Nine times out of 10 when Marc Hardge walks past the Multicultural Center on the University of Rhode Island campus, he kisses his hand and touches the 9-foot-tall memorial statue in front of the building.
That statue depicts Marc Hardge’s father, Reverend Arthur L. Hardge.
Rev. Hardge is one of the most accomplished and significant men in the history of the University of Rhode Island. He helped build the Talent Development program and, in doing so, became the first African American administrator at URI.
Now, Marc Hardge, his son, is following in his footsteps as a coordinator for Talent Development, where he mentors hundreds of students that come from disadvantaged backgrounds.
“I try to be like an older brother or parent figure to these students,” Marc Hardge said. “I tell my students as long as they work hard and make the program look good, I’ll take care of everything else.”
Talent Development is an admissions program that aims to show Rhode Island high school graduates that come from disadvantaged backgrounds, who may not perform well on standardized tests, can still succeed at the collegiate level. The accepted students are first enrolled in two summer courses. If they pass the courses, they are then admitted to the school.
At the end of every summer, Marc Hardge tells the students about his father. He said he tells them that Rev. Hardge is the reason the program is what it is today.
In the summer of 1969, Rev. Hardge joined the program. He was the Special Assistant to the President and Director of Special Programs for Talent Development, which, at the time was called the Program for Disadvantaged Youth.
At that time, administrators lived on the URI campus during the summer with the students. Rev. Hardge was a single parent raising his son, Marc, who was born in 1964. Marc pretty much grew up on the campus.
“My history of the program goes back, like, 43 years,” said Marc Hardge, who was eight years old when he began living on campus.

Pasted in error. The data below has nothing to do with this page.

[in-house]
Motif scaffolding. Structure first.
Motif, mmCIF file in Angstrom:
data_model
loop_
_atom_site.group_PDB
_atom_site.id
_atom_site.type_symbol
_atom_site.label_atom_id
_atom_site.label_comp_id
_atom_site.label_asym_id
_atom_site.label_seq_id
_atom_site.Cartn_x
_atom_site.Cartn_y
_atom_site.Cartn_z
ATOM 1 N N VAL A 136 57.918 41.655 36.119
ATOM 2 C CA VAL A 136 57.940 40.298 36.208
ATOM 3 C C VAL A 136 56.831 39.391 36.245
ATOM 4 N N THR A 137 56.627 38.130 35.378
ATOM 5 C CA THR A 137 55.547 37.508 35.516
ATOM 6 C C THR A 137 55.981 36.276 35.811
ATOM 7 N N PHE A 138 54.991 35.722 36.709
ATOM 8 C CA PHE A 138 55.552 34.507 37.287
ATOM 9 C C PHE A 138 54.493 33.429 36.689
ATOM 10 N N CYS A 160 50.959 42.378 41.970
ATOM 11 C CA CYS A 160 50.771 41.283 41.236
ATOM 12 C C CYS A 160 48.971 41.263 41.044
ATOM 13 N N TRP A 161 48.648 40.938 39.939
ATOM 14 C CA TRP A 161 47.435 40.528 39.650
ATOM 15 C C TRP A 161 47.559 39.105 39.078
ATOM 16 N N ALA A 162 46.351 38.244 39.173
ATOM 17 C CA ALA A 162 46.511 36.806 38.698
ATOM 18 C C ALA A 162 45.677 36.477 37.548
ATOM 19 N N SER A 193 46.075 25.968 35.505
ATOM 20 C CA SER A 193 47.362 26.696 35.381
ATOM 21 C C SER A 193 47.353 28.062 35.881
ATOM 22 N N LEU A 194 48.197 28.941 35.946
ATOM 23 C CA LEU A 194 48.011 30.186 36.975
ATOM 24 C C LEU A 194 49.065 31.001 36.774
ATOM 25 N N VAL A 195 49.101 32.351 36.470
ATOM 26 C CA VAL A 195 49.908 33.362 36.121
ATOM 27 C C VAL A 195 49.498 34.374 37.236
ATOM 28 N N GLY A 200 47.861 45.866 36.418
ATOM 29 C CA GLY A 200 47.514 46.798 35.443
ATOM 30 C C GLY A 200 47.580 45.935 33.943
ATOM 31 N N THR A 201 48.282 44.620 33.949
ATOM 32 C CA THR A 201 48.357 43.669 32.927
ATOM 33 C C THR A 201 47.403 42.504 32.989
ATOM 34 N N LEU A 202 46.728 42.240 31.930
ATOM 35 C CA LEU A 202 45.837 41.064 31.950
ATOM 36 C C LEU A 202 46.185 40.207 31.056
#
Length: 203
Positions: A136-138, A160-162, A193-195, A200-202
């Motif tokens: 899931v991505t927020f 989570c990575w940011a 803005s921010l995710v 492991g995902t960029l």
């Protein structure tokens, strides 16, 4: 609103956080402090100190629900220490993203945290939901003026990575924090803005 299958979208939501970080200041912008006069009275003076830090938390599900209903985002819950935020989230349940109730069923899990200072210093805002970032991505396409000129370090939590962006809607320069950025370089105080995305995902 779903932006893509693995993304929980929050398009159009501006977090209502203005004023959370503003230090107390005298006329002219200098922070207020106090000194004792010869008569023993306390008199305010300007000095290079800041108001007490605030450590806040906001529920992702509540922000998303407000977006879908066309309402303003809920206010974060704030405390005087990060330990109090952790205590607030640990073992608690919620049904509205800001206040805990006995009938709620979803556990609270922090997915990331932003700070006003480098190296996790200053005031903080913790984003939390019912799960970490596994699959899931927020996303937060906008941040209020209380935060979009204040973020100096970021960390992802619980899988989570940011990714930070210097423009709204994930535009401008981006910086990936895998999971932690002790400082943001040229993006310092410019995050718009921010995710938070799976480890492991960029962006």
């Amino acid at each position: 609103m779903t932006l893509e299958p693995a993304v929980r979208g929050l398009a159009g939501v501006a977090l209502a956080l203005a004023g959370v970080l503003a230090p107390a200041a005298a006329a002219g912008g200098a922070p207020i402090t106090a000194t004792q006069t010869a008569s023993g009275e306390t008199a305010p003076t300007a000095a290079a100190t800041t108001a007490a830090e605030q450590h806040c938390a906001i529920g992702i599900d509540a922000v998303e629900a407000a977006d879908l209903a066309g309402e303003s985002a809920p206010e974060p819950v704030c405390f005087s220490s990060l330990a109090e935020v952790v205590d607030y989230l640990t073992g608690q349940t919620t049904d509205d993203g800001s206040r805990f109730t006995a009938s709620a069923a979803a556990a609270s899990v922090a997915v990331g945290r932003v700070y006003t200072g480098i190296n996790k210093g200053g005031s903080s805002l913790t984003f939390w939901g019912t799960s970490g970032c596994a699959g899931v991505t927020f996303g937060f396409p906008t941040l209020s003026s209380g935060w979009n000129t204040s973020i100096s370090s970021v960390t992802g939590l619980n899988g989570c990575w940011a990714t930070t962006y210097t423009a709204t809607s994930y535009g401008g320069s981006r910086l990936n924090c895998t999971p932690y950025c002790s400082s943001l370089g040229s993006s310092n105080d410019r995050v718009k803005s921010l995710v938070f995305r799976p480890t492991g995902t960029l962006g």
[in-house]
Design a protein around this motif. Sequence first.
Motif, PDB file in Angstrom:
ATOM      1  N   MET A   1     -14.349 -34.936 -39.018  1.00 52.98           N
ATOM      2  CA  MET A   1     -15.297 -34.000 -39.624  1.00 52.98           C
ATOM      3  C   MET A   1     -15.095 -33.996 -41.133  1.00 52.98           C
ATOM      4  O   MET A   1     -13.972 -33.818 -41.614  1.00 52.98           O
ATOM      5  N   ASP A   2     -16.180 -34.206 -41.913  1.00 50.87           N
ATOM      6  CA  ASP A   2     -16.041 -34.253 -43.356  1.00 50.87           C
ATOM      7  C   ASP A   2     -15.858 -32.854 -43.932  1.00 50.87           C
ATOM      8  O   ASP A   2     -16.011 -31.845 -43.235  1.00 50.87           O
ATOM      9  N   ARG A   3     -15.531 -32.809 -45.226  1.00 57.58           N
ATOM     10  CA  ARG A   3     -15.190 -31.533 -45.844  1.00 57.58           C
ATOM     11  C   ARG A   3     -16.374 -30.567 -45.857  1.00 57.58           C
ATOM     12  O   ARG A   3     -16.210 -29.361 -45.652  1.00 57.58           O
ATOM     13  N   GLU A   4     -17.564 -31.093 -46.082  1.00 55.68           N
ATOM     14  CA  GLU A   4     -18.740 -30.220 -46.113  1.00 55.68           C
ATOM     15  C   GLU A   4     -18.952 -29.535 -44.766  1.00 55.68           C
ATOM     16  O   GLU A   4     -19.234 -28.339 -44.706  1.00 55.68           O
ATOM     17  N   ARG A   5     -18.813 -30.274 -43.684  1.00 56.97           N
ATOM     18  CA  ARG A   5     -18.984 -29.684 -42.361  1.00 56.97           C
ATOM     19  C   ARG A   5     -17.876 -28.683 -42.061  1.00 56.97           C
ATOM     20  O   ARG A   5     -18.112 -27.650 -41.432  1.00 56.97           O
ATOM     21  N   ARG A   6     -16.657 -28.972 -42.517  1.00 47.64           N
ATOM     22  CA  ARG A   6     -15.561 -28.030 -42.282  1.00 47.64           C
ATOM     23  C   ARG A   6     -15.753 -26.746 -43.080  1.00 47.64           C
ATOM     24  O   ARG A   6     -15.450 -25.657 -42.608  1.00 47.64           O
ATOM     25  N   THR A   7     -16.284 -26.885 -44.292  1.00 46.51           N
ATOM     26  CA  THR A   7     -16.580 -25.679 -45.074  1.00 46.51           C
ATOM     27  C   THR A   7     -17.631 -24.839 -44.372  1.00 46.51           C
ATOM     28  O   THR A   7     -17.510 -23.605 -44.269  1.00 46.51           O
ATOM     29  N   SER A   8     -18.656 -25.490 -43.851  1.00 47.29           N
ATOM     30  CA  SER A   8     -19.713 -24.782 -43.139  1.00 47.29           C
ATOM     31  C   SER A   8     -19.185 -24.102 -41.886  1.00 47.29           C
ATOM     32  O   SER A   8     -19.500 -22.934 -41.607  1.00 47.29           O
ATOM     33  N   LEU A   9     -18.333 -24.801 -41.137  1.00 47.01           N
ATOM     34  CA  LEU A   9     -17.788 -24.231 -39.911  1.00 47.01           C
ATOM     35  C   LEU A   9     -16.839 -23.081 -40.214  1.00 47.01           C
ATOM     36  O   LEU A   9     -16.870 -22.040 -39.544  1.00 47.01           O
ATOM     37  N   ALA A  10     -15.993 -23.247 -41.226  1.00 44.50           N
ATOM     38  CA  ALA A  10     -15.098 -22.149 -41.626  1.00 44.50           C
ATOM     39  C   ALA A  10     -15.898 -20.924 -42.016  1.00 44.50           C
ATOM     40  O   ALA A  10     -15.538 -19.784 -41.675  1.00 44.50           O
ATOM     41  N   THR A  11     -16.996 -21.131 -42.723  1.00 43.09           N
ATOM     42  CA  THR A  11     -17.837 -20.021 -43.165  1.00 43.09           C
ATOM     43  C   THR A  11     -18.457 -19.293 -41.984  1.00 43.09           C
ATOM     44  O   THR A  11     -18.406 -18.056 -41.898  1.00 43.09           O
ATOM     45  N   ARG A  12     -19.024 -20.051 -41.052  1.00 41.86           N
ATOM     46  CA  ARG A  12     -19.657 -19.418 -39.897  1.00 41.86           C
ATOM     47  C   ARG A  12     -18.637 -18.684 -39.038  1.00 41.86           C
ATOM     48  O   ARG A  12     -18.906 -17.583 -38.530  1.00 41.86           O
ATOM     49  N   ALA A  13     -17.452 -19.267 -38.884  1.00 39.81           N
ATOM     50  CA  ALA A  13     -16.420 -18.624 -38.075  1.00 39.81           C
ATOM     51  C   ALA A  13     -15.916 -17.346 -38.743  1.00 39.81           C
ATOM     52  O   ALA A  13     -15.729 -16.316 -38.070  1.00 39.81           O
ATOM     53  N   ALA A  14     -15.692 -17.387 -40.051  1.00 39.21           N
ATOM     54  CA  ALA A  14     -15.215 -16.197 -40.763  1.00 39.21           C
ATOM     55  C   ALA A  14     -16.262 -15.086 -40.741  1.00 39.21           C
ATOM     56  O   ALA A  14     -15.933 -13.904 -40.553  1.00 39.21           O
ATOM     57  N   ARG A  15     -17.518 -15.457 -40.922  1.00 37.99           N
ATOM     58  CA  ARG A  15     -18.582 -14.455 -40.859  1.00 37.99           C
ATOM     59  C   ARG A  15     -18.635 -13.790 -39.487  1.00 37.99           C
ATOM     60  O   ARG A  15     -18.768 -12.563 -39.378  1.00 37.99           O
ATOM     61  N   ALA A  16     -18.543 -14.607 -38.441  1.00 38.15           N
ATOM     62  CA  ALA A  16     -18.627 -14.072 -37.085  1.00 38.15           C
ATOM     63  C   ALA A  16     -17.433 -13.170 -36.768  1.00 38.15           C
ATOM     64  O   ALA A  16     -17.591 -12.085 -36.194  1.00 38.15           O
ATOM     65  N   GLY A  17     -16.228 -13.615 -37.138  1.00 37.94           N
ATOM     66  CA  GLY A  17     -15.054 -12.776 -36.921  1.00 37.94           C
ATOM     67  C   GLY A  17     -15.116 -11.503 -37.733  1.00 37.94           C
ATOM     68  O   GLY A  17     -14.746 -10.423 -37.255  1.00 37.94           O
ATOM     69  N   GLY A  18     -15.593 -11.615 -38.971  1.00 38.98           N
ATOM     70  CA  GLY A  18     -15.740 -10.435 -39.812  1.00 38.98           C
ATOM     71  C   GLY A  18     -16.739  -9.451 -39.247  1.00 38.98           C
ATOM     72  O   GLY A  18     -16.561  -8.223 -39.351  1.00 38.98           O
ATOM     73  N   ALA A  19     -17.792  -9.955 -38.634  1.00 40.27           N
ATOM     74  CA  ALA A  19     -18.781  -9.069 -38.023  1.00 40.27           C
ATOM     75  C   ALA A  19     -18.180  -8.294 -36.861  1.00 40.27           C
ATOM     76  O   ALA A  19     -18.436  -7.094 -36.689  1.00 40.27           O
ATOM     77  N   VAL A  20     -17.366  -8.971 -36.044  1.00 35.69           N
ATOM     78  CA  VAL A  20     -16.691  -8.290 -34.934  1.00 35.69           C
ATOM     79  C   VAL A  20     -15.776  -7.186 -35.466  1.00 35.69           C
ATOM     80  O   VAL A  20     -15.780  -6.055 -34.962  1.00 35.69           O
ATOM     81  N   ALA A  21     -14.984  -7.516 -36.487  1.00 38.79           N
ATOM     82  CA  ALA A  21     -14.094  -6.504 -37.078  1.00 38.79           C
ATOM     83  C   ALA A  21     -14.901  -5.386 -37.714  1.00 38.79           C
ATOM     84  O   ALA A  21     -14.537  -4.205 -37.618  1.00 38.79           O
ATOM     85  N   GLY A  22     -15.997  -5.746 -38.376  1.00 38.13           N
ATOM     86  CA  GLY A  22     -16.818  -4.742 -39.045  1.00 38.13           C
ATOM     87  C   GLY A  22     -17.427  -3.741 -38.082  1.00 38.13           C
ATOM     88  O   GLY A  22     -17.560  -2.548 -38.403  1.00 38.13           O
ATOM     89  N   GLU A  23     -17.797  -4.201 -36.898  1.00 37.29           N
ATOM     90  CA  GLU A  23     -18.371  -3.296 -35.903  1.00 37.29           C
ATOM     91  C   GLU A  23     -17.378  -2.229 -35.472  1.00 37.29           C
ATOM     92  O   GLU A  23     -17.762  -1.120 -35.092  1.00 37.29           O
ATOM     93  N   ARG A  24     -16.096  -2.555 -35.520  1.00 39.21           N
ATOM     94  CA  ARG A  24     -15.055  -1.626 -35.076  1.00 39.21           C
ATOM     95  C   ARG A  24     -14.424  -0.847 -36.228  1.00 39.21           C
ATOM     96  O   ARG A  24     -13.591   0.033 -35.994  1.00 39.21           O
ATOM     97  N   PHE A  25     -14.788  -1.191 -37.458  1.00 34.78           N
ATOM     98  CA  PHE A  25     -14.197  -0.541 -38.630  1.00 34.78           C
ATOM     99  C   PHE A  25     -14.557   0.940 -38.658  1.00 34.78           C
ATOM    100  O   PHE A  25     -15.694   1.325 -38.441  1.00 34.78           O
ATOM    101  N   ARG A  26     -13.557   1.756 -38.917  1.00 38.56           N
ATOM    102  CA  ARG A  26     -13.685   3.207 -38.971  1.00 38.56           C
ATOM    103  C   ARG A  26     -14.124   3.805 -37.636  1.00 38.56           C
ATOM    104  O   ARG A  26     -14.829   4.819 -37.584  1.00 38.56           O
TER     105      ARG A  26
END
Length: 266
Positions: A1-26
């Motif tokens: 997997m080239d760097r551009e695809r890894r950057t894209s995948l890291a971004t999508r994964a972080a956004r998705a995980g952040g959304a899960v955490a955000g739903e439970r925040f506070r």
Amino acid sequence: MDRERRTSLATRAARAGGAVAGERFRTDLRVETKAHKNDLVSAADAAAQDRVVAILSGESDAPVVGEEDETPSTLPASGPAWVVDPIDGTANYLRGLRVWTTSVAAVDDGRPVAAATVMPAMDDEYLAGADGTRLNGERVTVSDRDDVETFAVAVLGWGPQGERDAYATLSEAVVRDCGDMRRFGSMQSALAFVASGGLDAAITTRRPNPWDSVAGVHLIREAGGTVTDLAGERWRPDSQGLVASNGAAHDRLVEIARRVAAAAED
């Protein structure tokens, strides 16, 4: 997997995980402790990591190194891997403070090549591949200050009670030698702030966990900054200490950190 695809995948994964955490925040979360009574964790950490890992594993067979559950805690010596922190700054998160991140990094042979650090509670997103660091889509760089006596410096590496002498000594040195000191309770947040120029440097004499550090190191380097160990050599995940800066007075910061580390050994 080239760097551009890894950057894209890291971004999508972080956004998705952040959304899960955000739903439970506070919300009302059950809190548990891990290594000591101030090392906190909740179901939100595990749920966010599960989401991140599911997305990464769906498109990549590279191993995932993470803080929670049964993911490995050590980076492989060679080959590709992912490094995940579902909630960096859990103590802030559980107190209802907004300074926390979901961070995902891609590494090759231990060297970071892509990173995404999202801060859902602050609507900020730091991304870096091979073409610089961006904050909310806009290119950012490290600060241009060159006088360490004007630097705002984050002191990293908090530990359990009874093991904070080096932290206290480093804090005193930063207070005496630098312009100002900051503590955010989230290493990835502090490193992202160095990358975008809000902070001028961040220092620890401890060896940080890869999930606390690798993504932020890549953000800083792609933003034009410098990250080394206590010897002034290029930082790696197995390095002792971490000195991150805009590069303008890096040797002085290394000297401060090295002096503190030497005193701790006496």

Before Talent Development, Rev. Hardge was a notable civil rights activist. In the early 1960s, he partook in the Freedoms Rides alongside Dr. Martin Luther King, Jr. In 1961, he joined the Interfaith Freedom Riders in their bus travels from Washington, D.C. to Tallahassee, Florida. While in Florida, Hardge and nine other clergymen from New Jersey, New York and Connecticut, tested a segregated restaurant in the Tallahassee Municipal Airport to see if they would be served. They were arrested for unlawful assembly, served about ten days in a chain gang and were nicknamed the “Tallahassee Ten.”
Rev. Hardge moved to Providence, Rhode Island in the early 1960s when he was appointed to the Hood Memorial A.M.E. Zion Church. He wasted no time in creating change in Rhode Island. In 1963, he was named the first chairman of the Rhode Island Chapter of the Congress of Racial Equality (CORE). He then led a movement in which influenced the General Assembly and the governor to pass the Rhode Island Fair Housing Law, giving him the nickname “The Father of the RI Fair Housing Law.”
In 1968, Gov. John H. Chafee named him Director of the RI Department of Community Affairs, making him the first African American gubernatorial cabinet appointment.
“The only reason he got that job with Chafee is because he was republican,” Marc Hardge said. “Not a lot of people know that he was republican because he was so liberal.”
In Sept. 1968, Chafee lost the election, and Rev. Hardge was looking for a new job. Harold V. Langlois, who was director of the program, had the vision to get Rev. Hardge and Leo DiMaio for the team.
“Of course the university wanted to hire Hardge,” said Frank Forleo, assistant director for TD Admissions. “They had a really white campus and time was changing – Black Power, MLK was dead, people were pissed off, streets were on fire. He was a very attractive candidate.”
Rev. Hardge changed the program for the better and fought with his students to keep the program running throughout the years. If it wasn’t for Rev. Hardge, thousands of students may not have college degrees.
He died in 1983 at the age of 56 due to heart disease. His son, Marc Hardge, was 19, and then started his own construction company. He said he came back to the program in 2002 after getting daily phone calls from the Talent Development Director, Gerald Wallace.
“I work a dream job,” Marc Hardge said. “It’s the best job in the world. I walk passed my father immortalized every day and work for a program that helps students which he started.”